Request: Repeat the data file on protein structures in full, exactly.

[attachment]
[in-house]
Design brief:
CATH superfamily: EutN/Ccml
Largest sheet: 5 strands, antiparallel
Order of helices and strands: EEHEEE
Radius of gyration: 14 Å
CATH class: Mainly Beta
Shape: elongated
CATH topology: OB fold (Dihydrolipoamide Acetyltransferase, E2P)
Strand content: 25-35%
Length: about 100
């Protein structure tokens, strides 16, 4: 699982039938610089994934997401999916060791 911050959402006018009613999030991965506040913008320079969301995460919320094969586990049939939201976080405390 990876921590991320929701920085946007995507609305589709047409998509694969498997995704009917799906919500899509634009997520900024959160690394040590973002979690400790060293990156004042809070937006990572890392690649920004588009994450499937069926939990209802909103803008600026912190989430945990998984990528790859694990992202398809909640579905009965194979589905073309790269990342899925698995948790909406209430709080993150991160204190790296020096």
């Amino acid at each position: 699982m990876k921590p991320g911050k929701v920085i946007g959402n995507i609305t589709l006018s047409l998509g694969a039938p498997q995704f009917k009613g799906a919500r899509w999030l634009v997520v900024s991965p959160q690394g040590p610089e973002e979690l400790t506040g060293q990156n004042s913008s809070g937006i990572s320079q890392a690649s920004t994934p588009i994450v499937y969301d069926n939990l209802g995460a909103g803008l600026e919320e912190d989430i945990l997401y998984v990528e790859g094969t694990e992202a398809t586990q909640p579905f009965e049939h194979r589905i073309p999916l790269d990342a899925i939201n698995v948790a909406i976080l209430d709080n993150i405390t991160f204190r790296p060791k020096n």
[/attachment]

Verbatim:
[in-house]
Design brief:
CATH superfamily: EutN/Ccml
Largest sheet: 5 strands, antiparallel
Order of helices and strands: EEHEEE
Radius of gyration: 14 Å
CATH class: Mainly Beta
Shape: elongated
CATH topology: OB fold (Dihydrolipoamide Acetyltransferase, E2P)
Strand content: 25-35%
Length: about 100
């Protein structure tokens, strides 16, 4: 699982039938610089994934997401999916060791 911050959402006018009613999030991965506040913008320079969301995460919320094969586990049939939201976080405390 990876921590991320929701920085946007995507609305589709047409998509694969498997995704009917799906919500899509634009997520900024959160690394040590973002979690400790060293990156004042809070937006990572890392690649920004588009994450499937069926939990209802909103803008600026912190989430945990998984990528790859694990992202398809909640579905009965194979589905073309790269990342899925698995948790909406209430709080993150991160204190790296020096």
């Amino acid at each position: 699982m990876k921590p991320g911050k929701v920085i946007g959402n995507i609305t589709l006018s047409l998509g694969a039938p498997q995704f009917k009613g799906a919500r899509w999030l634009v997520v900024s991965p959160q690394g040590p610089e973002e979690l400790t506040g060293q990156n004042s913008s809070g937006i990572s320079q890392a690649s920004t994934p588009i994450v499937y969301d069926n939990l209802g995460a909103g803008l600026e919320e912190d989430i945990l997401y998984v990528e790859g094969t694990e992202a398809t586990q909640p579905f009965e049939h194979r589905i073309p999916l790269d990342a899925i939201n698995v948790a909406i976080l209430d709080n993150i405390t991160f204190r790296p060791k020096n």